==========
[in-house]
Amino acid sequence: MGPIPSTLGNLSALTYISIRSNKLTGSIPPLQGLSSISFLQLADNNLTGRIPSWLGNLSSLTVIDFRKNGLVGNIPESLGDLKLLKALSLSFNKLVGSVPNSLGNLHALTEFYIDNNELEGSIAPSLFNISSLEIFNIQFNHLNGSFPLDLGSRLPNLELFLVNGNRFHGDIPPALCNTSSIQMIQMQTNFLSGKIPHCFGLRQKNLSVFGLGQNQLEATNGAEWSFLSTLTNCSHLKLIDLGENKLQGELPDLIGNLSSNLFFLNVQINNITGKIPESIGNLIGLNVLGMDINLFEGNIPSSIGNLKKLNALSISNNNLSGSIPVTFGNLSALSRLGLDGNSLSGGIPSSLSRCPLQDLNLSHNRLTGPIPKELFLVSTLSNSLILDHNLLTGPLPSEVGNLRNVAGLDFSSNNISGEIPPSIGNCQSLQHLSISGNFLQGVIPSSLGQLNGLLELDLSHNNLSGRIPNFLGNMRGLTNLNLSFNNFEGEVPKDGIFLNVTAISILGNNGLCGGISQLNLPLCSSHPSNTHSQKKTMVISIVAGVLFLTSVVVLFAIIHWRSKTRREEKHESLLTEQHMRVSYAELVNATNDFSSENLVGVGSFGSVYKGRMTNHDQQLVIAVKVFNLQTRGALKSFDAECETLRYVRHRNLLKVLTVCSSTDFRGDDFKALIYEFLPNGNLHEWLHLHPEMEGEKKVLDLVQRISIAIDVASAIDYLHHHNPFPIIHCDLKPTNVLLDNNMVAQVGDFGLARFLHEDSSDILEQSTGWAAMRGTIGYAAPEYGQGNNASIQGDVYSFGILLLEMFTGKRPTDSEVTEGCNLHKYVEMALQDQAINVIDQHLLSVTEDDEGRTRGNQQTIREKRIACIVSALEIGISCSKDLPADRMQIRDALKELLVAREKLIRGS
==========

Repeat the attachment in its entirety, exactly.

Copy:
[in-house]
Amino acid sequence: MGPIPSTLGNLSALTYISIRSNKLTGSIPPLQGLSSISFLQLADNNLTGRIPSWLGNLSSLTVIDFRKNGLVGNIPESLGDLKLLKALSLSFNKLVGSVPNSLGNLHALTEFYIDNNELEGSIAPSLFNISSLEIFNIQFNHLNGSFPLDLGSRLPNLELFLVNGNRFHGDIPPALCNTSSIQMIQMQTNFLSGKIPHCFGLRQKNLSVFGLGQNQLEATNGAEWSFLSTLTNCSHLKLIDLGENKLQGELPDLIGNLSSNLFFLNVQINNITGKIPESIGNLIGLNVLGMDINLFEGNIPSSIGNLKKLNALSISNNNLSGSIPVTFGNLSALSRLGLDGNSLSGGIPSSLSRCPLQDLNLSHNRLTGPIPKELFLVSTLSNSLILDHNLLTGPLPSEVGNLRNVAGLDFSSNNISGEIPPSIGNCQSLQHLSISGNFLQGVIPSSLGQLNGLLELDLSHNNLSGRIPNFLGNMRGLTNLNLSFNNFEGEVPKDGIFLNVTAISILGNNGLCGGISQLNLPLCSSHPSNTHSQKKTMVISIVAGVLFLTSVVVLFAIIHWRSKTRREEKHESLLTEQHMRVSYAELVNATNDFSSENLVGVGSFGSVYKGRMTNHDQQLVIAVKVFNLQTRGALKSFDAECETLRYVRHRNLLKVLTVCSSTDFRGDDFKALIYEFLPNGNLHEWLHLHPEMEGEKKVLDLVQRISIAIDVASAIDYLHHHNPFPIIHCDLKPTNVLLDNNMVAQVGDFGLARFLHEDSSDILEQSTGWAAMRGTIGYAAPEYGQGNNASIQGDVYSFGILLLEMFTGKRPTDSEVTEGCNLHKYVEMALQDQAINVIDQHLLSVTEDDEGRTRGNQQTIREKRIACIVSALEIGISCSKDLPADRMQIRDALKELLVAREKLIRGS